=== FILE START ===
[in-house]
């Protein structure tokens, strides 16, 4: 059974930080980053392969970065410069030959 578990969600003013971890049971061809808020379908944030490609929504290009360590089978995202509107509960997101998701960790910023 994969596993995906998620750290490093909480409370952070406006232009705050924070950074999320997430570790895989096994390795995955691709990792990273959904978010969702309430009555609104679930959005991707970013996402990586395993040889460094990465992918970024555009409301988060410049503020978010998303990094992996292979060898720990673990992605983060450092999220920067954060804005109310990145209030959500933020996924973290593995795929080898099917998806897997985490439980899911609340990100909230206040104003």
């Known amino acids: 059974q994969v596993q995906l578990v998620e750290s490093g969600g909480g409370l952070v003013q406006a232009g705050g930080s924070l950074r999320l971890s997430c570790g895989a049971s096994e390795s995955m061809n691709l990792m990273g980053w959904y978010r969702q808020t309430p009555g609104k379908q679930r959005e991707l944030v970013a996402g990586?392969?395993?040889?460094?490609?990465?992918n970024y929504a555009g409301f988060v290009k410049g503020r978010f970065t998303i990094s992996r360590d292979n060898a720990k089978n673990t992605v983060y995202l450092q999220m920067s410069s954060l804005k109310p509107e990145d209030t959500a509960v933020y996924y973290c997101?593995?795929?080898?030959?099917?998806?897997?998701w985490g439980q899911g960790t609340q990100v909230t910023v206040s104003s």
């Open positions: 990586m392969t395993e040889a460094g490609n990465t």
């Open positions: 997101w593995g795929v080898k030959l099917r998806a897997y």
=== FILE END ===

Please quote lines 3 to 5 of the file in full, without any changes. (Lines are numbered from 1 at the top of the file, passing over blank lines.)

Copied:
């Known amino acids: 059974q994969v596993q995906l578990v998620e750290s490093g969600g909480g409370l952070v003013q406006a232009g705050g930080s924070l950074r999320l971890s997430c570790g895989a049971s096994e390795s995955m061809n691709l990792m990273g980053w959904y978010r969702q808020t309430p009555g609104k379908q679930r959005e991707l944030v970013a996402g990586?392969?395993?040889?460094?490609?990465?992918n970024y929504a555009g409301f988060v290009k410049g503020r978010f970065t998303i990094s992996r360590d292979n060898a720990k089978n673990t992605v983060y995202l450092q999220m920067s410069s954060l804005k109310p509107e990145d209030t959500a509960v933020y996924y973290c997101?593995?795929?080898?030959?099917?998806?897997?998701w985490g439980q899911g960790t609340q990100v909230t910023v206040s104003s």
């Open positions: 990586m392969t395993e040889a460094g490609n990465t």
């Open positions: 997101w593995g795929v080898k030959l099917r998806a897997y």